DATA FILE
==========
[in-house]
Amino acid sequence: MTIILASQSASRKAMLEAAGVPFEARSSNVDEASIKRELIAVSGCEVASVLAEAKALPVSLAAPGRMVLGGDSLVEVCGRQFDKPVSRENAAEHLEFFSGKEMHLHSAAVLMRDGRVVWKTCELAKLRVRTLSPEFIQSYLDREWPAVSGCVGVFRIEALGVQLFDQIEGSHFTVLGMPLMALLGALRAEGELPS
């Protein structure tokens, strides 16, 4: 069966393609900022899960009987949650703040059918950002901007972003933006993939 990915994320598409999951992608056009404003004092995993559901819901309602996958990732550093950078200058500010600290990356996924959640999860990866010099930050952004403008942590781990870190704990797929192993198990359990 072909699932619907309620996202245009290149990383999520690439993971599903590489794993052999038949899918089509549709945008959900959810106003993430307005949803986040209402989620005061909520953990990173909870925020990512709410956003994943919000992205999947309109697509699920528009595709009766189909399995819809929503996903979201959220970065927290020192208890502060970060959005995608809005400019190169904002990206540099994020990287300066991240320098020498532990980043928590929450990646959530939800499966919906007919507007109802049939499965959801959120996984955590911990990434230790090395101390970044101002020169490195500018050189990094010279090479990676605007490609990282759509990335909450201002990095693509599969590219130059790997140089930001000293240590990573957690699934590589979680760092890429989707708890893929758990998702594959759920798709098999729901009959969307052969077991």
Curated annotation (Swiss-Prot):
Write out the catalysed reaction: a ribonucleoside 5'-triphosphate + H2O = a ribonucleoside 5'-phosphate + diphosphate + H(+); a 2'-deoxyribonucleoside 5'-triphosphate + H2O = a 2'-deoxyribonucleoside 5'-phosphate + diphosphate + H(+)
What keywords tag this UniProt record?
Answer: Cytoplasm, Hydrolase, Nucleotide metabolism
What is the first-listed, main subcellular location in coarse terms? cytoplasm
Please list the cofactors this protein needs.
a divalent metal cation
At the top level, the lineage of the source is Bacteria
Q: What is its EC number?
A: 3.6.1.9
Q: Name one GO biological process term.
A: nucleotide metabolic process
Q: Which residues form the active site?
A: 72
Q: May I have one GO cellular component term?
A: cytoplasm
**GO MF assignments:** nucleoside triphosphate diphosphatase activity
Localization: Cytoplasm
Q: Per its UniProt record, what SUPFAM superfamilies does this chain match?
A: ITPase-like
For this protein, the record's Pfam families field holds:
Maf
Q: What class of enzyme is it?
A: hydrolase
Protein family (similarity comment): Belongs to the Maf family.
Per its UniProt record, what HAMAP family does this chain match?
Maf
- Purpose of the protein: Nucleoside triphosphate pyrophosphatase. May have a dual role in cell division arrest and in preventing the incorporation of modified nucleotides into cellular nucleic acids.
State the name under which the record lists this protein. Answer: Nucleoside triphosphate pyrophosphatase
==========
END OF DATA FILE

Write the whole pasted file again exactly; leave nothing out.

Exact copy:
[in-house]
Amino acid sequence: MTIILASQSASRKAMLEAAGVPFEARSSNVDEASIKRELIAVSGCEVASVLAEAKALPVSLAAPGRMVLGGDSLVEVCGRQFDKPVSRENAAEHLEFFSGKEMHLHSAAVLMRDGRVVWKTCELAKLRVRTLSPEFIQSYLDREWPAVSGCVGVFRIEALGVQLFDQIEGSHFTVLGMPLMALLGALRAEGELPS
């Protein structure tokens, strides 16, 4: 069966393609900022899960009987949650703040059918950002901007972003933006993939 990915994320598409999951992608056009404003004092995993559901819901309602996958990732550093950078200058500010600290990356996924959640999860990866010099930050952004403008942590781990870190704990797929192993198990359990 072909699932619907309620996202245009290149990383999520690439993971599903590489794993052999038949899918089509549709945008959900959810106003993430307005949803986040209402989620005061909520953990990173909870925020990512709410956003994943919000992205999947309109697509699920528009595709009766189909399995819809929503996903979201959220970065927290020192208890502060970060959005995608809005400019190169904002990206540099994020990287300066991240320098020498532990980043928590929450990646959530939800499966919906007919507007109802049939499965959801959120996984955590911990990434230790090395101390970044101002020169490195500018050189990094010279090479990676605007490609990282759509990335909450201002990095693509599969590219130059790997140089930001000293240590990573957690699934590589979680760092890429989707708890893929758990998702594959759920798709098999729901009959969307052969077991």
Curated annotation (Swiss-Prot):
Write out the catalysed reaction: a ribonucleoside 5'-triphosphate + H2O = a ribonucleoside 5'-phosphate + diphosphate + H(+); a 2'-deoxyribonucleoside 5'-triphosphate + H2O = a 2'-deoxyribonucleoside 5'-phosphate + diphosphate + H(+)
What keywords tag this UniProt record?
Answer: Cytoplasm, Hydrolase, Nucleotide metabolism
What is the first-listed, main subcellular location in coarse terms? cytoplasm
Please list the cofactors this protein needs.
a divalent metal cation
At the top level, the lineage of the source is Bacteria
Q: What is its EC number?
A: 3.6.1.9
Q: Name one GO biological process term.
A: nucleotide metabolic process
Q: Which residues form the active site?
A: 72
Q: May I have one GO cellular component term?
A: cytoplasm
**GO MF assignments:** nucleoside triphosphate diphosphatase activity
Localization: Cytoplasm
Q: Per its UniProt record, what SUPFAM superfamilies does this chain match?
A: ITPase-like
For this protein, the record's Pfam families field holds:
Maf
Q: What class of enzyme is it?
A: hydrolase
Protein family (similarity comment): Belongs to the Maf family.
Per its UniProt record, what HAMAP family does this chain match?
Maf
- Purpose of the protein: Nucleoside triphosphate pyrophosphatase. May have a dual role in cell division arrest and in preventing the incorporation of modified nucleotides into cellular nucleic acids.
State the name under which the record lists this protein. Answer: Nucleoside triphosphate pyrophosphatase